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“Babies” Boom: Arnold Arre showcases his best work yet

got it from : http://www.facebook.com/note.php?note_id=44126743108&ref=nf

Arnold Arre showcases his best work yet in the powerfully personal graphic novel “Martial Law Babies”
By Ruel S. De Vera (Philippine Daily Inquirer, Saturday Nov. 15 2008 – Super, page E3)

Martial Law Babies / 286 pages / black & white

Sometimes, approached like a lost tribe, a “martial law baby” is more a state of mind than a general distinction.

These are people, once young, now not so, who were disenfranchised by the abrupt disappearance of the Japanese robot anime shows “Voltes V” most notoriously, among other artifacts.

Having grown up under the Marcos regime’s gloved gauntlet, these babies carried it’s shadow with them long after the Marcoses were out of power. Having once lost their heroes, the ystruggle to save others and themselves.

This is literary territory mined magnificently by Katrina Tuvera (in fiction) and Jessica Zafra (in essays) among others. Now, award-winning comic book creator Arnold Arre (“The Mythology Class”) explores this precious space in his new, substantial graphic novel “Martial Law babies” (Nautilus Comics, Mandaluyong City, 2008, 286 pages).

LOVE LETTER
“We’re hopeless romantics,” Arre’s characters state. “We’re expert daydreamers.”
In a love letter to his generation, Arre distills that treacherous journey through the eyes of narrator Allan, poetic and put-upon, and his barkada – acerbic Rebecca, fun-loving Francis and privileged Carol – from their short pants days in the 70s to the interminable future.

A seemingly innocuous appearance on the “Uncle Bobby Lucky Club” TV show leads to divergent paths for the friends, all the way to college in the University of the Philippines, where their circle grows and their worlds grow complicated.

Allan bears witness as grownup life threatens to stealthily overcome them, even as he attempts to come to grips with a childhood crush on the campus heartthrob that relentlessly haunts him. Then things get worse.
Loss, departures, and other traps are sprung as the friends drift inexorably apart, a tribe forced to become nomadic. Allan drifts as well, into disaffected adulthood, until one day, when his world contracts into dizzying focus.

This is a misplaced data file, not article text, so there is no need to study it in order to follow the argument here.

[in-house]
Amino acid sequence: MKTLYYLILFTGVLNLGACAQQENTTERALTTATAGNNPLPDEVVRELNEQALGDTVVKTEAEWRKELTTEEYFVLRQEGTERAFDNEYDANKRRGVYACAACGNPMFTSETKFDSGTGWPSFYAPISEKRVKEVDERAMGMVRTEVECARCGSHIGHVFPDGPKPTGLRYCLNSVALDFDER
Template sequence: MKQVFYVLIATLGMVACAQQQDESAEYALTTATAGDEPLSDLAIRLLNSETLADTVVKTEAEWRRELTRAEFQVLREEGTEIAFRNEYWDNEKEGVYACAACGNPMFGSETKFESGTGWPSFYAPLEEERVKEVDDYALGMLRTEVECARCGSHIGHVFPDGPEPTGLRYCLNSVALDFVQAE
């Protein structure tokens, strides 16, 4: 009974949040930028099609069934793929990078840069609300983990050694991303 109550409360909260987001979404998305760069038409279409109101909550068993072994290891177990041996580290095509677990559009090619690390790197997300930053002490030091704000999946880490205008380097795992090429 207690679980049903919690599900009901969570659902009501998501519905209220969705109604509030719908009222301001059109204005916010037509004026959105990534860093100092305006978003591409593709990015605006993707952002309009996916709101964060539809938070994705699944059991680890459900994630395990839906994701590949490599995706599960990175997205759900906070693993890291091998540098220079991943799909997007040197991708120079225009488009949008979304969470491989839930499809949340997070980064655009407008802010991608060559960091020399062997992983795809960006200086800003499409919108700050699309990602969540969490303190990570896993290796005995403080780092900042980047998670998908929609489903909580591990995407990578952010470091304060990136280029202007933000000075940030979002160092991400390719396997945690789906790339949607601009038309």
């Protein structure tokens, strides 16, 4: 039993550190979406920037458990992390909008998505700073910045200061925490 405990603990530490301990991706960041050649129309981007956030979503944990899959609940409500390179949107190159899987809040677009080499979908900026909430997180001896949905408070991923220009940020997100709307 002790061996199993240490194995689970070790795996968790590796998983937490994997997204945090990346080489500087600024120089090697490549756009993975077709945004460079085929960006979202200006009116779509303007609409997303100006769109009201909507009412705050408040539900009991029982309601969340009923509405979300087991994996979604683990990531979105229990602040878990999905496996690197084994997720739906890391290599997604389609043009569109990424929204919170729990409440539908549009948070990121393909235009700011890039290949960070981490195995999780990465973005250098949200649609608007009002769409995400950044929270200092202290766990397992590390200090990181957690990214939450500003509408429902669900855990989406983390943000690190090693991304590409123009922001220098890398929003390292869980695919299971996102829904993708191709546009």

“Martial Law Babies” hurtles towards its end as Allan comes to what may be a realization too late; the world expands again to an uncertain future.

BITTERSWEET
There are no easy answers in “Martial Law Babies” even if paths cross dramatically. Arre, who himself did go to UP and is a martial law baby, tinkers adroitly with autobiographical flourish with “Martial Law Babies,” displaying the kind of thoughtful, bittersweet reminiscing championed by Alex Robinson (“Box Office Poison”) and C.B. Cebulski (“Wonderlost”).

The book is funny, sometimes naughty and always truthful; the snappy dialogue helps make it a solid read.

“Martial Law Babies” may have a target audience, but despite the dated references, the graphic novel will work for any sophisticated reader; the bittersweet, after all, is universal.
Employing his trademark whimsy and a concentrated poignancy, Arre gets all the details right, either in homage or in direct reference. Whether it’s a death-defying tricycle ride, a fateful Sting concert or ROTC in the afternoon.

BEST WORK
This is clearly Arre’s best work to date, employing a powerful range of techniques to push his story forward , using different pencil styles to evoke different moods with such nuance that the black and white art almost seems to burst into color, injecting blogs, newspaper columns, e-mails, even dream sequences into the mix. His facial work is particularly exquisite.

“We refuse to grow up,” the babies say. “We refuse to wake up.” By revealing how those childhood revenants are both comforting and haunting, Arre has done for comics what the Eraserheads did for music with “Ultraelectromagneticpop”: catch, in an addictive, accessible package, the zeitgeist of an elusive era that has now come of age and yet to come to terms with the Bozania of a world they’ve unwittingly grown up in.

With Arnold Arre’s “Martial Law Babies,” the lost tribe gains an invaluable clue to finding themselves in a world both heartbreaking and breathtaking.

Available in paperback from Comic Quest. For more information, log on to http://www.martiallawbabies.com

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November 16, 2008 - Posted by | komiks |

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